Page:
Here there is a certain kinky side to things and Egoyan doesn’t shy away from that either. I’m not necessarily talking about fetishes so much as exploring darker aspects of our sexuality, and using sex to get what we want. Chloe is not above such things.

Although Neeson is the marquee name, Moore is the star of this show. Her Catherine is a complex, multi-layered creature who doesn’t always act the way you’d expect her to. I get that they’re trying to show her insecurities just beneath her professional demeanor, but c’mon, for someone as smart and accomplished as she is she sure does some dumb things (as mentioned above).

Seyfried, the sweet waif from Mamma Mia has become one of the more reliable young actresses out there. Here, she does the femme fatale for the first time that I’m aware of and she pulls it off very nicely. Her Chloe is obviously disturbed and has some pretty sick issues, but you still wind up feeling a little sorry for her, even after…well, let’s not get into that. Don’t want to spoil things for you.

Egoyan and writer Erin Cressida Wilson are not entirely to blame for this; Chloe is based on a French film by Anne Fontaine called Nathalie which I have not seen but I am assured by SF Chronicle critic Mick LaSalle is a pretentions and overbearing load of twaddle. I found that a bit surprising since Fontaine is normally a very good writer and director.

Still, everyone makes a misstep once in awhile. The premise is a bit ponderous, I grant you that. I mean, why would any woman in her right mind ask someone she doesn’t know to seduce her husband to prove that he’s faithful? Sounds a lot like entrapment to me. And just because you have a beautiful, sexy young woman throw herself at a middle-aged married man doesn’t mean he’s cheating. It just means he can be tempted – who’s to know that he would have ever strayed if not for the machinations of his wife.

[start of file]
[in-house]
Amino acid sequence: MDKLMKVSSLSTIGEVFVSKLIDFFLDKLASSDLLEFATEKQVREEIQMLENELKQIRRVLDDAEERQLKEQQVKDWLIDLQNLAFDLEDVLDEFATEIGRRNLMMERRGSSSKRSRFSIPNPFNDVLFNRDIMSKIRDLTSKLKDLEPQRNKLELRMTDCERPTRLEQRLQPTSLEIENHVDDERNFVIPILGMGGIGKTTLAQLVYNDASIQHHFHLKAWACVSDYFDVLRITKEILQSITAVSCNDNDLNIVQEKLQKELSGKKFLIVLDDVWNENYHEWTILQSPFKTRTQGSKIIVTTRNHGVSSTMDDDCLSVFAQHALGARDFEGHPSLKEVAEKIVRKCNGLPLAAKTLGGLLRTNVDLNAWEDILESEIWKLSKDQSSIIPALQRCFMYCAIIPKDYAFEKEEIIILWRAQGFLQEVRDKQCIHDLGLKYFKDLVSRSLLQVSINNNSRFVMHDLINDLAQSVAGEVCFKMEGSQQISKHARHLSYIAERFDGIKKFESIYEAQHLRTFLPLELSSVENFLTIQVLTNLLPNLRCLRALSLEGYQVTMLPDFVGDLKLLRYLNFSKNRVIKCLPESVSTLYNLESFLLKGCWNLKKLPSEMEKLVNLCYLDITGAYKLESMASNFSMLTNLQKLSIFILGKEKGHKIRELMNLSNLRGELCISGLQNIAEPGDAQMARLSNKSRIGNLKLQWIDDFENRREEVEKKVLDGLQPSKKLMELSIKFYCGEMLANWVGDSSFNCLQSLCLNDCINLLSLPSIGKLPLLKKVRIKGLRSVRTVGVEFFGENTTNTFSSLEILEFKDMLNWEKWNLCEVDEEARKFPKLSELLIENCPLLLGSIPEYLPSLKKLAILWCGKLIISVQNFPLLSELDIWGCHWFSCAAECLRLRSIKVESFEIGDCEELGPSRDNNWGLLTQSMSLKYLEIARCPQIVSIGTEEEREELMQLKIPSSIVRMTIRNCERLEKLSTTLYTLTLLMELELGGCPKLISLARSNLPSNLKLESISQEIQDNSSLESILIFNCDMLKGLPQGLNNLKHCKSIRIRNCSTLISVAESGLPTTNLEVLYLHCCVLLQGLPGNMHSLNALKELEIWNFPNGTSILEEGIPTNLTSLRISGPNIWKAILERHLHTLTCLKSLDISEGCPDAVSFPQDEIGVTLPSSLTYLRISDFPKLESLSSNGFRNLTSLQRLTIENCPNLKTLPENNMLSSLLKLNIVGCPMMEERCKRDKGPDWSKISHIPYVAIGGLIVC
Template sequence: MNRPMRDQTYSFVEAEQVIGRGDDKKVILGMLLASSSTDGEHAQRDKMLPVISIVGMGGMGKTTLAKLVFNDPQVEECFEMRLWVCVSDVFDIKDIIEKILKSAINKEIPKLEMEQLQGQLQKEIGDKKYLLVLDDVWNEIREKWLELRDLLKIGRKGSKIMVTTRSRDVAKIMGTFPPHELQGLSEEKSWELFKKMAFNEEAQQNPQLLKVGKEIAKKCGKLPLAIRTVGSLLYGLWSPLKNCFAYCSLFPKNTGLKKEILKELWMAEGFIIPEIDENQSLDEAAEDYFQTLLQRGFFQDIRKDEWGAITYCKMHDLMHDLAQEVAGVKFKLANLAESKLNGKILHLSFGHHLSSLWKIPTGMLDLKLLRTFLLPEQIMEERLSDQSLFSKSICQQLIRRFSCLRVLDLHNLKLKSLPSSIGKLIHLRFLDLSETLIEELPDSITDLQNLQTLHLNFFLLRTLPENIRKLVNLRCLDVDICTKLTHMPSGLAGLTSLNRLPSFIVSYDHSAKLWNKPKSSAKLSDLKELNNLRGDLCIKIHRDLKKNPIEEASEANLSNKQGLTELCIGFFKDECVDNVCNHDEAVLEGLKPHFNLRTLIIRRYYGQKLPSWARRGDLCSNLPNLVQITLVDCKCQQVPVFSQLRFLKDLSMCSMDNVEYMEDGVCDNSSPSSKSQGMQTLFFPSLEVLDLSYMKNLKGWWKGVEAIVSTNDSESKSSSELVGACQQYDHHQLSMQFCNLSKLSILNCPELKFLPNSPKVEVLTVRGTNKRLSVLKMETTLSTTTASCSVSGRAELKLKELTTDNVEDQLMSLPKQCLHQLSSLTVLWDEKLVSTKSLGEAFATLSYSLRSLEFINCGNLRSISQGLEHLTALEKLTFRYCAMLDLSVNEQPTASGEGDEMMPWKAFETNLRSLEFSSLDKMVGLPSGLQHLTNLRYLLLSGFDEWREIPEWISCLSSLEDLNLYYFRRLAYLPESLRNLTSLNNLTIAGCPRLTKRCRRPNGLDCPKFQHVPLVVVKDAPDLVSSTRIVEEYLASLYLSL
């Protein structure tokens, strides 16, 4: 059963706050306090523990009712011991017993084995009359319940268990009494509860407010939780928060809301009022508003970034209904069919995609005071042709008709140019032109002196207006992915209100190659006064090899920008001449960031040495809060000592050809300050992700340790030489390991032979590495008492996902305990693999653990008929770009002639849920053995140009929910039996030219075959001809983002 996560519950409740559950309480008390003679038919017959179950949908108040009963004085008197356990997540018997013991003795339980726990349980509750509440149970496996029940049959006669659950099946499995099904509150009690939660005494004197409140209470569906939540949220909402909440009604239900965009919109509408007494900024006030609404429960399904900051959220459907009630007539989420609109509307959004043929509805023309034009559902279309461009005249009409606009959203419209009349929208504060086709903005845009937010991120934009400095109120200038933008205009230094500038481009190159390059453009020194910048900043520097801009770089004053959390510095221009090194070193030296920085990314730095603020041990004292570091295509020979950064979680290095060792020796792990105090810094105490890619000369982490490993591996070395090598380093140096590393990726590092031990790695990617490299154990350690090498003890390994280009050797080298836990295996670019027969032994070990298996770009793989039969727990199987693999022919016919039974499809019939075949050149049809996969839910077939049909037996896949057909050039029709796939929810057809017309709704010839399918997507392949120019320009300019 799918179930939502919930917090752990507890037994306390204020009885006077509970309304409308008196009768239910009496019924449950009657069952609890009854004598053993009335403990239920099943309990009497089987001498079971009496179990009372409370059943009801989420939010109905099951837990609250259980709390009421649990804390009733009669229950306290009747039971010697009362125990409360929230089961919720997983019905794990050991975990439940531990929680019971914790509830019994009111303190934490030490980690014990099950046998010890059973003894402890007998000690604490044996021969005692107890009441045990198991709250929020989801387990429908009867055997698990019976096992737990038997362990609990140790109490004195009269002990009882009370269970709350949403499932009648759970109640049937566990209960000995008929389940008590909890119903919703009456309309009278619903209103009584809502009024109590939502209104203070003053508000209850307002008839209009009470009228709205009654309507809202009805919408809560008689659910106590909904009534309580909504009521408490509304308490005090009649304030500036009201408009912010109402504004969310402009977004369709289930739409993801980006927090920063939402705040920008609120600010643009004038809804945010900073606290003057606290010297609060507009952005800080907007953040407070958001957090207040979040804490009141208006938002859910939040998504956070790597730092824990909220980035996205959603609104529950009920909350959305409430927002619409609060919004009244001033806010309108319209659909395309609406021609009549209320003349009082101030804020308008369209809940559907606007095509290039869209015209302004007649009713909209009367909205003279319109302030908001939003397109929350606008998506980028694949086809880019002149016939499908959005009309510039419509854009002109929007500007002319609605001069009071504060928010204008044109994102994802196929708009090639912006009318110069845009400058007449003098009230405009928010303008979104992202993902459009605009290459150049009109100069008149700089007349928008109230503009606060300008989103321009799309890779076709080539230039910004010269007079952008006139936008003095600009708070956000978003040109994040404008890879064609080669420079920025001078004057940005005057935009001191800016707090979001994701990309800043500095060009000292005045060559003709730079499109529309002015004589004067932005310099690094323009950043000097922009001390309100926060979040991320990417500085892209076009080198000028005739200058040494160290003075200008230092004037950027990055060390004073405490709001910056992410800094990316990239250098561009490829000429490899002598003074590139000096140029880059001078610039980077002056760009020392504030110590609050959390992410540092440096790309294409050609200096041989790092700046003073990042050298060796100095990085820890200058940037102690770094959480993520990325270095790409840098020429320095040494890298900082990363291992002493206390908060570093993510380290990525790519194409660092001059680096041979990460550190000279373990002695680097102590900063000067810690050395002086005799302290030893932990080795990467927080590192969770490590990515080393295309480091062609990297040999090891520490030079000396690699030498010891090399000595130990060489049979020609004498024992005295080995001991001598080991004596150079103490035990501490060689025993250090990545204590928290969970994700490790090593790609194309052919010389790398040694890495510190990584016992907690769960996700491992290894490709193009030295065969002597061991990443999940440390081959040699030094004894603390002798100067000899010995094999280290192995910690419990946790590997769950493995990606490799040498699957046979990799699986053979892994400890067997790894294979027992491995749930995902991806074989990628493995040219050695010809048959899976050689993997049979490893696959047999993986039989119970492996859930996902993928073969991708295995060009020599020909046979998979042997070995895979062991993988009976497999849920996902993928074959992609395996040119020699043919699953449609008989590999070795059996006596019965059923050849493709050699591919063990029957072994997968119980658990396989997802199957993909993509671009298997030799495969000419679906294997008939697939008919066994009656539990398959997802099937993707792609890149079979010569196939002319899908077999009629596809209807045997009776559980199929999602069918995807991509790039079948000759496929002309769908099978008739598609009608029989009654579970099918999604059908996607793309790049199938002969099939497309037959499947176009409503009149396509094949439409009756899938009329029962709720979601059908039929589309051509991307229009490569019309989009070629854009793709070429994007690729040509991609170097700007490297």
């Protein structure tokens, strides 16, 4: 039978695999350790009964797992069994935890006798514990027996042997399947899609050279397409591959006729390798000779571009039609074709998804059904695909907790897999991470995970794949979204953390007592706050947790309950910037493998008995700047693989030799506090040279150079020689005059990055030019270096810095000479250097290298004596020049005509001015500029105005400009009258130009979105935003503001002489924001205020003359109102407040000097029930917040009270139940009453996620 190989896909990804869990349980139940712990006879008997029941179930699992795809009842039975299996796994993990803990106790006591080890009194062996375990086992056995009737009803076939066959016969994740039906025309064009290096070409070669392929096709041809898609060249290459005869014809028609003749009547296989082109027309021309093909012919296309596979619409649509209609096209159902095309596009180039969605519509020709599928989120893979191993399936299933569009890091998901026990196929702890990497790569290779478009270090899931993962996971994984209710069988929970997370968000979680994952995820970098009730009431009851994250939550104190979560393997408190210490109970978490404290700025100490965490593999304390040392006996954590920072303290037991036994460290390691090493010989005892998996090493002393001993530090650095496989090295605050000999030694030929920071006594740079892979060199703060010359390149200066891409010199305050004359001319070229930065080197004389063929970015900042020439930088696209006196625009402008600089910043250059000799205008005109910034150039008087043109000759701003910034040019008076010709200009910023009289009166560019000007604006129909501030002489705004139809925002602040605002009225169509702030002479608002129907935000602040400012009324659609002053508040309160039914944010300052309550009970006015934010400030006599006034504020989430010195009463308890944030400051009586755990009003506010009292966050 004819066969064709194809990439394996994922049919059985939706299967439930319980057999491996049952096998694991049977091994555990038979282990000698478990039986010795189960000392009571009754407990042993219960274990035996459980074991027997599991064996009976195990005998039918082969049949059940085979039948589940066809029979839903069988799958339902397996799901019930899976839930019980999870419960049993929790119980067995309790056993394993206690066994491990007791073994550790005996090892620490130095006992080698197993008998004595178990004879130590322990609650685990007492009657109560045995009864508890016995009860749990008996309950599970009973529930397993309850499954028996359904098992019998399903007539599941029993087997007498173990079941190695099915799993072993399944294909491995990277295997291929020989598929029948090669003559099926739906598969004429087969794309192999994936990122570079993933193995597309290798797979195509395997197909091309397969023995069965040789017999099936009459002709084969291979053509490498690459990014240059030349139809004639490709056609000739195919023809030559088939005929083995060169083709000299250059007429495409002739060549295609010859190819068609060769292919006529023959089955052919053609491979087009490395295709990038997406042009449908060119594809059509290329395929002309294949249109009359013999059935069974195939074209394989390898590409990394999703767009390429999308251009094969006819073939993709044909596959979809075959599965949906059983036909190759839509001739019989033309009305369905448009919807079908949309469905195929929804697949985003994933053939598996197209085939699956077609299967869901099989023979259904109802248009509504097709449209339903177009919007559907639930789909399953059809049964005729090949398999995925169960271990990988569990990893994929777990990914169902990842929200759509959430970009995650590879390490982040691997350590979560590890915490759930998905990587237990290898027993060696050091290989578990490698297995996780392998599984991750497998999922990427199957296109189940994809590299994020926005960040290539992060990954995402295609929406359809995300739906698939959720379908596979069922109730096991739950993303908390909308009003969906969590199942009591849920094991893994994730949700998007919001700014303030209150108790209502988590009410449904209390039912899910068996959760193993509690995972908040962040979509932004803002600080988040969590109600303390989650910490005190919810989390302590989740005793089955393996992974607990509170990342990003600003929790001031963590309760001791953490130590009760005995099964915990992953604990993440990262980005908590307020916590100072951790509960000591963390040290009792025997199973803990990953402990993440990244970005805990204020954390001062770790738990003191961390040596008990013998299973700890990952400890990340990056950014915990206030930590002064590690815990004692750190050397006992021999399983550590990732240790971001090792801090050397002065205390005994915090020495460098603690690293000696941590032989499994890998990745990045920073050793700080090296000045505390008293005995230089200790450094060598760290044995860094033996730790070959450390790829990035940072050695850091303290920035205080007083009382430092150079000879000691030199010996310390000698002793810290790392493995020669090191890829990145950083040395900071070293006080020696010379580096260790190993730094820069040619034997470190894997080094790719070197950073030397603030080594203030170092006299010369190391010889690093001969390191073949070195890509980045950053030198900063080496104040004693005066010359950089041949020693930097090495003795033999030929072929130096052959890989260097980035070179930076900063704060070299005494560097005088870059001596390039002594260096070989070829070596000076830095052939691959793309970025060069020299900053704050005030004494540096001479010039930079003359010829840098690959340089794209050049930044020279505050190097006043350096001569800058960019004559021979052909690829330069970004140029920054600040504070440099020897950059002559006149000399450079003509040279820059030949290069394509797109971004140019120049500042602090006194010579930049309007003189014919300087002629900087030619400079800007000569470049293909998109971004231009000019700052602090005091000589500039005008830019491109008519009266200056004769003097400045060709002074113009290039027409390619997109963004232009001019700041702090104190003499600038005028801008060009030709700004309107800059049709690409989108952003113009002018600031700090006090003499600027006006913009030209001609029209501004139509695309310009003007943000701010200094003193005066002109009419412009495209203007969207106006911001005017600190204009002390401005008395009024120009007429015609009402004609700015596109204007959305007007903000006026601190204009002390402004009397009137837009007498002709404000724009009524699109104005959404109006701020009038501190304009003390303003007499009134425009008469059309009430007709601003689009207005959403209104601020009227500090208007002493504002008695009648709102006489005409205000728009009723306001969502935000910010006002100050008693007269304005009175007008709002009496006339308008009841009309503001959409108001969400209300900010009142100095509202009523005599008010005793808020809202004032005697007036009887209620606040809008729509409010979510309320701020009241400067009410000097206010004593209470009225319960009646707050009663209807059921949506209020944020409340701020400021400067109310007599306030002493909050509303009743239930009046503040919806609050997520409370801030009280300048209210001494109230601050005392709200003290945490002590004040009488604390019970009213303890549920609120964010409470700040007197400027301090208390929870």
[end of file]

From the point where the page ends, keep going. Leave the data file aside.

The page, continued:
Chloe is an Atom Egoyan film, so that means it won’t be completely without any merit whatsoever. There are certainly elements that are recommendation-worthy. However the cohesive whole doesn’t quite make the cut for me.

WHY RENT THIS: Good work by Moore and Seyfried, with Neeson in more of a supporting part. Extremely sexual which immediately casts it as non-American in origin.

WHY RENT SOMETHING ELSE: The erotica is kind of Skinemax-worthy. Catherine doesn’t always act according to character.

FAMILY VALUES: There’s a good deal of sexual dialogue in the movie, some nudity and other foul language., not to mention a bit of violence.

TRIVIAL PURSUIT: While filming this movie, Liam Neeson’s wife Natascha Richardson passed away as a result of injuries sustained in a skiing accident. The schedule was rearranged so that Neeson only needed a further days of shooting after returning to the set.

NOTABLE DVD EXTRAS: None listed.

BOX OFFICE PERFORMANCE: $11.7M on a $14M production budget; the movie was not profitable at the box office.

FINAL RATING: 6/10

TOMORROW: The Woman in Black

New Releases for the Week of March 26, 2010